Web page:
Boredom is not something I suffer from. There's always something to do, a project to take hold of, and a family member or friend who need encouragement. Time is too precious, too valuable to be wasted.

The idea of what wasting time really is varies from person to person. What I find important on my daily schedule might differ from what another person thinks they should do. And that's the beauty of it. Variety is the spice of life. We all have different talents, health, strengths and weaknesses. But apart from all that, everyone is given 24 hours each day.

My two-year old grandson, Scott, claims he is busy when his mother asks him to do something. I smile and wonder, Where could he have learned to say that? At least he's busy and not wasting time.

Linnea has a blog called Pursuit of Elephants. Her last entry about procrastination was a reminder to me of how special every day is and that someday should be today.

In Ecclesiastes chapter 3 we can read:

 To every thing there is a aseason, and a btime to every purpose under the heaven: atime to be born, and a time to bdie; a time to plant, and a time to pluck up that which is planted;A time to kill, and a time to heal; a time to break down, and a time to build up;A time to weep, and a time to alaugh; a time to bmourn, and a time to dance; A time to cast away stones, and a time to gather stones together; a time to embrace, and a time to refrain from embracing;A time to aget, and a time to lose; a time to keep, and a time to cast away;A time to arend, and a time to sew; a time to keep bsilence, and a time to speak;A time to love, and a time to ahate; a time of war, and a time of peace.What profit hath he that worketh in that wherein healaboureth?10 I have seen the atravail, which God hath given to the sons of men to be bexercised in it.11 He hath made every thing abeautiful in his time: also he bhathset the world in their heart, so that no man can find out the cworkthat God maketh from the beginning to the end.12 I know that there is no good in them, but for a man to rejoice, and to do agood in his life.13 And also that every man should eat and drink, and enjoy the good of all his labour, it is the agift of God.14 I know that, whatsoever God doeth, it shall be afor bever: nothing can be put to it, nor any thing taken from it: and God doeth it, that men should cfear before him. 15 That which hath been is anow; and that which is to be hath already been; and God requireth that which is past.16 ¶And moreover I saw under the sun the place of judgment,that awickedness was there; and the place of righteousness, thatiniquity was there.17 I said in mine heart, God shall ajudge the righteous and the wicked: for there is a time there for every purpose and for every work. 18 I said in mine heart concerning the aestate of the sons of men, that God might manifest them, and that they might see that they themselves are bbeasts. 19 For that which abefalleth the sons of men befalleth beasts; even one thing befalleth them: as the one dieth, so dieth the other; yea, they have all one breath; so that a man hath no preeminence above a beast: for all is vanity.20 All go unto one place; all are of the adust, and all turn to dust again.21 Who knoweth the spirit of man that goeth upward, and the spirit of the beast that goeth downward to the earth?22 Wherefore I perceive that there is nothing better, than that a man should rejoice in his own aworks; for that is his portion: for who shall bring him to see what shall be after him?

Take time for the good things in your life today. What do you want to build your life on and which traits and what knowledge do you want to bring along?

Today's water colors are wintry scenes, just like the days we enjoy outside the Duck and Cherry now.

Sunday, January 6, 2013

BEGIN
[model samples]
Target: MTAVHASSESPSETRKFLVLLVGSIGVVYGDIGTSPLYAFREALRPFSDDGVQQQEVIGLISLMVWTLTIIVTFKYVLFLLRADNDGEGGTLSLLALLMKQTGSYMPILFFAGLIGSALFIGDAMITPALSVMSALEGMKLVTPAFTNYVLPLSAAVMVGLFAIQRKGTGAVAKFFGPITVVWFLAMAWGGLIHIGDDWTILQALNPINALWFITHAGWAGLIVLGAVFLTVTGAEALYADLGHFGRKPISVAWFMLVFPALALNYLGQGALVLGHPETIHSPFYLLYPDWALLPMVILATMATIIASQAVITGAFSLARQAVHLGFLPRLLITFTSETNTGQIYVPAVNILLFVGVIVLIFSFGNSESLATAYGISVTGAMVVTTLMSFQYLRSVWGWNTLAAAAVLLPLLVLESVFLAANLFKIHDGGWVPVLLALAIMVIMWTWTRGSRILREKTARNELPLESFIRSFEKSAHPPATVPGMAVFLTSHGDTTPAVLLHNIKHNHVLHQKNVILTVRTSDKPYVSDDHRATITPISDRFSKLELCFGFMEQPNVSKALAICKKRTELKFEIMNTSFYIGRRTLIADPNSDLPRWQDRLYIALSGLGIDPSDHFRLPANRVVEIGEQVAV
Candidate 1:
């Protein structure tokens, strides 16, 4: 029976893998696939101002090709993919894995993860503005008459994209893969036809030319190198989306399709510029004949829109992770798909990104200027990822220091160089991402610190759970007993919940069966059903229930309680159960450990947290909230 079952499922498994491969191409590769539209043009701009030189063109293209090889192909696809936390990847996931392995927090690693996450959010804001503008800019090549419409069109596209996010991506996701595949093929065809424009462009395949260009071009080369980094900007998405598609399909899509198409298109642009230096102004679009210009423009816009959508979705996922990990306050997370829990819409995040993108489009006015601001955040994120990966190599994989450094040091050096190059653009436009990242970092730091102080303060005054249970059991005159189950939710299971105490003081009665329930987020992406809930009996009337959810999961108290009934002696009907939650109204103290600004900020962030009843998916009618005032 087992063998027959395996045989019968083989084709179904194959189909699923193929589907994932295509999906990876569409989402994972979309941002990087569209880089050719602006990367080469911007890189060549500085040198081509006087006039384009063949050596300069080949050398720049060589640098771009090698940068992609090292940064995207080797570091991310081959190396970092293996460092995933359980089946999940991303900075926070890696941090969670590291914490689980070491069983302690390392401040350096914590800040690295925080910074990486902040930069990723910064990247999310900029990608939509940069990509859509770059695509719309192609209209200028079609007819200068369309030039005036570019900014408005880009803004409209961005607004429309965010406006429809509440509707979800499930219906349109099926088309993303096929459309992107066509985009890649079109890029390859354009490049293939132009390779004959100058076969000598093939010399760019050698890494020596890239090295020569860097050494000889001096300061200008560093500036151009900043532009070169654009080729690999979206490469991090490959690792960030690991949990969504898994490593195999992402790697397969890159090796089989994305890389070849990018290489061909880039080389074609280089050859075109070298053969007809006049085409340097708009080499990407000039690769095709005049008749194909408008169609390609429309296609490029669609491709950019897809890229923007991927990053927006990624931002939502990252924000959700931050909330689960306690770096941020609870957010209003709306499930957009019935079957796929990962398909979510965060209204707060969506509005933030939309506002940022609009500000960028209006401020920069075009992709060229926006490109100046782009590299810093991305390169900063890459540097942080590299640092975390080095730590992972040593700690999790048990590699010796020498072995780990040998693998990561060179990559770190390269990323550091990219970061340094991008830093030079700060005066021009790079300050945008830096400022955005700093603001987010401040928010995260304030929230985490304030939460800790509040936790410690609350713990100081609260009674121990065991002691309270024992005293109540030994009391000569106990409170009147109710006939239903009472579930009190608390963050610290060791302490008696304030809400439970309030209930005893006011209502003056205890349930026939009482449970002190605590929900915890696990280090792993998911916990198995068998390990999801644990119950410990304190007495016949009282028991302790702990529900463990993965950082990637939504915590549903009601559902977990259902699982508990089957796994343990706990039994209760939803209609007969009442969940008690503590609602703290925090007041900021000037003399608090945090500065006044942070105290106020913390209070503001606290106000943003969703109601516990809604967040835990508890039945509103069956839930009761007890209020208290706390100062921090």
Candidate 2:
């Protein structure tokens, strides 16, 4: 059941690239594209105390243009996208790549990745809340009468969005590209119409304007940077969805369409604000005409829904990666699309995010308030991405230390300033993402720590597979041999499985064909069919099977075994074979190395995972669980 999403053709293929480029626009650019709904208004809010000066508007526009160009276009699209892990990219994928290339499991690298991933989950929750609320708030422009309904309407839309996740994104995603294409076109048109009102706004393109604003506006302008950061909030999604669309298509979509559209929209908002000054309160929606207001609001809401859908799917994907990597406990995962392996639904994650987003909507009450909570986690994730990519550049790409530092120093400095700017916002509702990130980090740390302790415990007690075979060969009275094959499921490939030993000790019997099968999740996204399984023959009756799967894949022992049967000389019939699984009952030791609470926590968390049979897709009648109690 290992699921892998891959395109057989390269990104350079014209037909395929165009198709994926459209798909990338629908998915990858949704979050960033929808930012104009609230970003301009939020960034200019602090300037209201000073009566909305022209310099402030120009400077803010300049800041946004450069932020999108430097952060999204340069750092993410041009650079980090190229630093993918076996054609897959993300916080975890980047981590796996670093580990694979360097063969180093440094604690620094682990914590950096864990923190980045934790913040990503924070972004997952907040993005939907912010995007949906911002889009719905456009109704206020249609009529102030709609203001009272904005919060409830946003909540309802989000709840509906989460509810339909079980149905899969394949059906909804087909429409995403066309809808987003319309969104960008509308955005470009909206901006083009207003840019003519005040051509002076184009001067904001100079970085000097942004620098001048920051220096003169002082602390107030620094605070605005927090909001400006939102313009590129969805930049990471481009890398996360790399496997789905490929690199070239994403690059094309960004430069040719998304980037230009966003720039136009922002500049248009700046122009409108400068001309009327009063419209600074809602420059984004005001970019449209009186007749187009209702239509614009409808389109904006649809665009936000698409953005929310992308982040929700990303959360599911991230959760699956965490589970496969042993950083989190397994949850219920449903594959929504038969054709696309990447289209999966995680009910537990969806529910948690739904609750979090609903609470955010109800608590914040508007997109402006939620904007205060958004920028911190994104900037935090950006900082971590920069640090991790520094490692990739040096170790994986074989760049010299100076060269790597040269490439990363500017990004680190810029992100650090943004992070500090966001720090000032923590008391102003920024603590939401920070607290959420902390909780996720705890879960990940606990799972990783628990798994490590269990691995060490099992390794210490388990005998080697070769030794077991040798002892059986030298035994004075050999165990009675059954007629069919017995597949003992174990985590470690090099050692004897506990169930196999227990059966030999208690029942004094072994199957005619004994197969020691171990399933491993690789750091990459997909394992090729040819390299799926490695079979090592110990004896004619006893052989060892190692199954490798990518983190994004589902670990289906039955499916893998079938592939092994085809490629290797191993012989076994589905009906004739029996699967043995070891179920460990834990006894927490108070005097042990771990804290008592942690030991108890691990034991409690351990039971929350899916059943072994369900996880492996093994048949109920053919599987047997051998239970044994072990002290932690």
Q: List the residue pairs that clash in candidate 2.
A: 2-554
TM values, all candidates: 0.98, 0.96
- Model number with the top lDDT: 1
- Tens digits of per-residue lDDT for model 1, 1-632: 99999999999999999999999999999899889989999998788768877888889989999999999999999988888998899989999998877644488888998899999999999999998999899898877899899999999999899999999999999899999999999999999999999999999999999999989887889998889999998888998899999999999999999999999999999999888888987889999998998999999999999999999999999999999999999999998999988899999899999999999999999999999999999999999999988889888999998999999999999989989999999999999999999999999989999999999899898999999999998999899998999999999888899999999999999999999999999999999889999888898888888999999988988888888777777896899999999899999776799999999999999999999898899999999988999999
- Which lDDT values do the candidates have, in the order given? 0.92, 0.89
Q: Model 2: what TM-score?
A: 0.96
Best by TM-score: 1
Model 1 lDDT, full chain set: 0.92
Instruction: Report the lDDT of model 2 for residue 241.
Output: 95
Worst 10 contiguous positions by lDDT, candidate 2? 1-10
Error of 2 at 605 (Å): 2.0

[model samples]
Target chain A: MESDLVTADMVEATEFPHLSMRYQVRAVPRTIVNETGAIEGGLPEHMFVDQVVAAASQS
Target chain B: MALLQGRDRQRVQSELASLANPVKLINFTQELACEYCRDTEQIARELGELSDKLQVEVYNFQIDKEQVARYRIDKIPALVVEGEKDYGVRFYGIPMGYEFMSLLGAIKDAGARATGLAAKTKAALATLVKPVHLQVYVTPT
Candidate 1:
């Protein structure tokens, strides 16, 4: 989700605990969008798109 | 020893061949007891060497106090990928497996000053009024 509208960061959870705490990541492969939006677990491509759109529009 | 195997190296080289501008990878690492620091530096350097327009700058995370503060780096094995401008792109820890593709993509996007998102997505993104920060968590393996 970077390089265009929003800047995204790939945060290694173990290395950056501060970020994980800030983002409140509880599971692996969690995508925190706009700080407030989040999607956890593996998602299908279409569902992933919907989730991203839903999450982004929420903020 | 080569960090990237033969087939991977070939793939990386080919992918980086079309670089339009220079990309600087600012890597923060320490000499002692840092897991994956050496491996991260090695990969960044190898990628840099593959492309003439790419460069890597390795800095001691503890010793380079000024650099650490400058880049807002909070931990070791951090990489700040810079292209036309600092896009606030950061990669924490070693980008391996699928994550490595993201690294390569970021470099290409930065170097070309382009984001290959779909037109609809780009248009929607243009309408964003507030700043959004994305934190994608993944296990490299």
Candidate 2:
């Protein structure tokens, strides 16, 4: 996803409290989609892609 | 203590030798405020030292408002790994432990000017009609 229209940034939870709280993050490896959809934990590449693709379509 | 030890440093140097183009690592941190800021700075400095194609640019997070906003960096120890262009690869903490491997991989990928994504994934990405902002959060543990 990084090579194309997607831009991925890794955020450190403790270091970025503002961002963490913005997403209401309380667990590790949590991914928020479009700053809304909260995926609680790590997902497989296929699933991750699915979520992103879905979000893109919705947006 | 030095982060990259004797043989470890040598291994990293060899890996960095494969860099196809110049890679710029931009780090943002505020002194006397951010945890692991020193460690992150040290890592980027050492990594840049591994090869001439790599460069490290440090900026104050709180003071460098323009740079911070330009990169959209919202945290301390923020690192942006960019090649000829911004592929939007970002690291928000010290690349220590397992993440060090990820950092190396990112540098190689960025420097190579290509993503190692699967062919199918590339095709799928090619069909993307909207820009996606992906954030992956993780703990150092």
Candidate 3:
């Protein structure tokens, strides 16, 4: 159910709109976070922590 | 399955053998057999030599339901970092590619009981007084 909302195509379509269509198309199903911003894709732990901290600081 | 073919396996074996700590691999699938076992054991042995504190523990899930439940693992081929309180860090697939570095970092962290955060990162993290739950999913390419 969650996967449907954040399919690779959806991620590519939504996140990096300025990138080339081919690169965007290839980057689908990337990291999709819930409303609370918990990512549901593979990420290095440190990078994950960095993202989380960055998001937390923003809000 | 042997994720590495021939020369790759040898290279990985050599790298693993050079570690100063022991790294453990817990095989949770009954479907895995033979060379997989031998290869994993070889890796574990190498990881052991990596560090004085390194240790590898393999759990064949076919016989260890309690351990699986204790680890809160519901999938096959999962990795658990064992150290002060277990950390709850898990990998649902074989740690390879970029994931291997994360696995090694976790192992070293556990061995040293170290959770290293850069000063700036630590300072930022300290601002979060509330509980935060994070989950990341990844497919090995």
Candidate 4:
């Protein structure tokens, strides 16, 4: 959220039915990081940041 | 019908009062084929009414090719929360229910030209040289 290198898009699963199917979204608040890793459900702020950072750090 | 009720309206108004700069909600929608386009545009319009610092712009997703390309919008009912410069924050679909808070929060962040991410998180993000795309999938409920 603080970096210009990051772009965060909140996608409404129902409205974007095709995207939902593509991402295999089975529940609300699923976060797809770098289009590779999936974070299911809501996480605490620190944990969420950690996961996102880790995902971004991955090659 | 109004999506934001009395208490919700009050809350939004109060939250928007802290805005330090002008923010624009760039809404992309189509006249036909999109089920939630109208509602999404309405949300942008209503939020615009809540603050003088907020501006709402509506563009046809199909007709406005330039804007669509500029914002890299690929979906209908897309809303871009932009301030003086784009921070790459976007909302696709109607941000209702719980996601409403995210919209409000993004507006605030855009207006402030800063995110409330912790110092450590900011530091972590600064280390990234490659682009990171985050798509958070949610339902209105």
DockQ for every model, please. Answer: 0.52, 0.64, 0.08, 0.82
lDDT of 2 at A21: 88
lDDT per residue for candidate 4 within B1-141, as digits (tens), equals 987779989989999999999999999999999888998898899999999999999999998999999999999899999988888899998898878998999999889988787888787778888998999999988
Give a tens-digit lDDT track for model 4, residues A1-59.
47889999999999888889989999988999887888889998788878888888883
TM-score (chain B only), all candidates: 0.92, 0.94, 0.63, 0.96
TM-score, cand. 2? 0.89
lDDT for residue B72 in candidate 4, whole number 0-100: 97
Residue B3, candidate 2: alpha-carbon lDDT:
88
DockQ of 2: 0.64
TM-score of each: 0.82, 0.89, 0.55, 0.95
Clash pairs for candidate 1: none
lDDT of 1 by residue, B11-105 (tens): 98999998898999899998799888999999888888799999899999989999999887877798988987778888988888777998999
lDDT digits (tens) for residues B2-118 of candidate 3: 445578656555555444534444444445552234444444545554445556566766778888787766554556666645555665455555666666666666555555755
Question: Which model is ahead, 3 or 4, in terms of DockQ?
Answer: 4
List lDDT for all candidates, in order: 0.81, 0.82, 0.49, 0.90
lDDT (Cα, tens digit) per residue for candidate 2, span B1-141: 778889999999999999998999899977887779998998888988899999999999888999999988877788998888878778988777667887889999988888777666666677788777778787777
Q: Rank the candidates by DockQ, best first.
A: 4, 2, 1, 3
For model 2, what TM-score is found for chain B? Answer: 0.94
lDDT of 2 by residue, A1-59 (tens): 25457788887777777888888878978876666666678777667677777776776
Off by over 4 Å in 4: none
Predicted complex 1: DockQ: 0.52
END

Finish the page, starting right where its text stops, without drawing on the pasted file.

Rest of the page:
The Hedgehog Chronicles

You talk when you cease to be at peace with your thoughts.
Khalil Gibran
The author of The Prophet was born on this day in 1883.

Do you agree with the above statement?
I thought about it and came to the conclusion that I often speak when I am at peace with my thoughts.
Don't we often speak to comfort others, to teach our children, to enjoy conversation with a loved one, to get to know a new friend? Even speaking to ourselves can be comforting, especially because we can get just the answers you want.

I remember one day when I was growing up, I was upset about something and closed the room to my door. After a while, my father knocked on the door and asked if I wanted to talk.
I have thought about that episode many times. Maybe because I rarely get upset, but most of all because I felt my father was wise and loving when he invited me to talk with him.

The written word is also a way of talking. And a fun and satisfying way that is.
I have two porcupines that I place on a manuscript to keep the papers from flying off. It's a mother and child and they don't only serve as paper weights, but give me good feelings as well.

Arnfinn looked at them one day and named my pile of papers "The Hedgehog Chronicles". The poor man is definitely under the influence of a woman who names things around her and even speaks to them.
But I loved the name  - and it will stay.

Thursday, January 3, 2013

Where do your tracks lead?

The funniest little things can bring a smile on my face.
I love seeing bird prints in the snow. Those little pointed toes and the thought of how they have wandered around, exploring, looking for food, taking in the scenery.I don't know all the things little birds do when they walk on the ground. Some birds seem to enjoy walking, running, and jumping. And I like watching them.

Outside Linnea and Michael's apartment the other day I took these two photos of bird tracks in the snow. In one area the bird had not really decided where to go and in the other place it clearly had a sense of direction.
It got me thinking:

Whose tracks do you follow?
Where do your own tracks lead?

Is it important? I believe so and it matters to me. I have had many great examples to follow in my life and as I am a mother, a daughter, a wife, a friend, I take it seriously where I go -- and which tracks I leave behind me.

I would like to be like the bird with the determined foot prints going straight ahead, with goals and a purpose.  I spend a lot of time going in circles, too - and it feels good to get a little further down the road.